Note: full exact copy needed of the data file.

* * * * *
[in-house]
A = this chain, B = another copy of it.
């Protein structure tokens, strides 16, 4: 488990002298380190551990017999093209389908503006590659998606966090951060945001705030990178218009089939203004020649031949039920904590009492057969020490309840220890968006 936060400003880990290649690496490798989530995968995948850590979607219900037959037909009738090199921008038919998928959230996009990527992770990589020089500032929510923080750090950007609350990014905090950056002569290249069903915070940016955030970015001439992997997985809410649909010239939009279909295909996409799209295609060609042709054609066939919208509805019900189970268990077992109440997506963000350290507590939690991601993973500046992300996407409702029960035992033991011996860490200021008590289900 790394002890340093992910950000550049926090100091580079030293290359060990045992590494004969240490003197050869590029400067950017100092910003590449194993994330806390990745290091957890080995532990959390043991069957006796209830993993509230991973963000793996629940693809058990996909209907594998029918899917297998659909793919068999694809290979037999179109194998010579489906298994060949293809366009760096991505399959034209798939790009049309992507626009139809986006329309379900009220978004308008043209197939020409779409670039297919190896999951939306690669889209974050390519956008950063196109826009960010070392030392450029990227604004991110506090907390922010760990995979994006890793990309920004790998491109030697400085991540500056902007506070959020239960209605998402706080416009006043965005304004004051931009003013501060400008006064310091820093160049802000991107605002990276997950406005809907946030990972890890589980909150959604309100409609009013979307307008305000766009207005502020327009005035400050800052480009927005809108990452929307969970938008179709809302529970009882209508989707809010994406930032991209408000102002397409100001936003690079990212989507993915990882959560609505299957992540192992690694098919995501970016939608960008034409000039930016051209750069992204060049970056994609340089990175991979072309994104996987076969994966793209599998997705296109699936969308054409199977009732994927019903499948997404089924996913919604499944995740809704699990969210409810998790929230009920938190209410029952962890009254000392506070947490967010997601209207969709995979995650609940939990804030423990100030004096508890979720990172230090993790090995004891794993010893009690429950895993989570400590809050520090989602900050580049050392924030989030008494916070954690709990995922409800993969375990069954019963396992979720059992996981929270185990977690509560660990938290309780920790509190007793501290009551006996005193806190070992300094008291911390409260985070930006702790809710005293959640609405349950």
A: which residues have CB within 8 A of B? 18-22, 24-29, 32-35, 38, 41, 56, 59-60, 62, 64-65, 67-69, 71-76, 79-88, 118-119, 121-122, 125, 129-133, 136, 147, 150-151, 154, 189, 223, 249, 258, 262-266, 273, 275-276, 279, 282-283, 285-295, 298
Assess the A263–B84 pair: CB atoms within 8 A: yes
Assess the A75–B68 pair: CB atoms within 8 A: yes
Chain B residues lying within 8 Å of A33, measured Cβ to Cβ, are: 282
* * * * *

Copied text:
[in-house]
A = this chain, B = another copy of it.
């Protein structure tokens, strides 16, 4: 488990002298380190551990017999093209389908503006590659998606966090951060945001705030990178218009089939203004020649031949039920904590009492057969020490309840220890968006 936060400003880990290649690496490798989530995968995948850590979607219900037959037909009738090199921008038919998928959230996009990527992770990589020089500032929510923080750090950007609350990014905090950056002569290249069903915070940016955030970015001439992997997985809410649909010239939009279909295909996409799209295609060609042709054609066939919208509805019900189970268990077992109440997506963000350290507590939690991601993973500046992300996407409702029960035992033991011996860490200021008590289900 790394002890340093992910950000550049926090100091580079030293290359060990045992590494004969240490003197050869590029400067950017100092910003590449194993994330806390990745290091957890080995532990959390043991069957006796209830993993509230991973963000793996629940693809058990996909209907594998029918899917297998659909793919068999694809290979037999179109194998010579489906298994060949293809366009760096991505399959034209798939790009049309992507626009139809986006329309379900009220978004308008043209197939020409779409670039297919190896999951939306690669889209974050390519956008950063196109826009960010070392030392450029990227604004991110506090907390922010760990995979994006890793990309920004790998491109030697400085991540500056902007506070959020239960209605998402706080416009006043965005304004004051931009003013501060400008006064310091820093160049802000991107605002990276997950406005809907946030990972890890589980909150959604309100409609009013979307307008305000766009207005502020327009005035400050800052480009927005809108990452929307969970938008179709809302529970009882209508989707809010994406930032991209408000102002397409100001936003690079990212989507993915990882959560609505299957992540192992690694098919995501970016939608960008034409000039930016051209750069992204060049970056994609340089990175991979072309994104996987076969994966793209599998997705296109699936969308054409199977009732994927019903499948997404089924996913919604499944995740809704699990969210409810998790929230009920938190209410029952962890009254000392506070947490967010997601209207969709995979995650609940939990804030423990100030004096508890979720990172230090993790090995004891794993010893009690429950895993989570400590809050520090989602900050580049050392924030989030008494916070954690709990995922409800993969375990069954019963396992979720059992996981929270185990977690509560660990938290309780920790509190007793501290009551006996005193806190070992300094008291911390409260985070930006702790809710005293959640609405349950």
A: which residues have CB within 8 A of B? 18-22, 24-29, 32-35, 38, 41, 56, 59-60, 62, 64-65, 67-69, 71-76, 79-88, 118-119, 121-122, 125, 129-133, 136, 147, 150-151, 154, 189, 223, 249, 258, 262-266, 273, 275-276, 279, 282-283, 285-295, 298
Assess the A263–B84 pair: CB atoms within 8 A: yes
Assess the A75–B68 pair: CB atoms within 8 A: yes
Chain B residues lying within 8 Å of A33, measured Cβ to Cβ, are: 282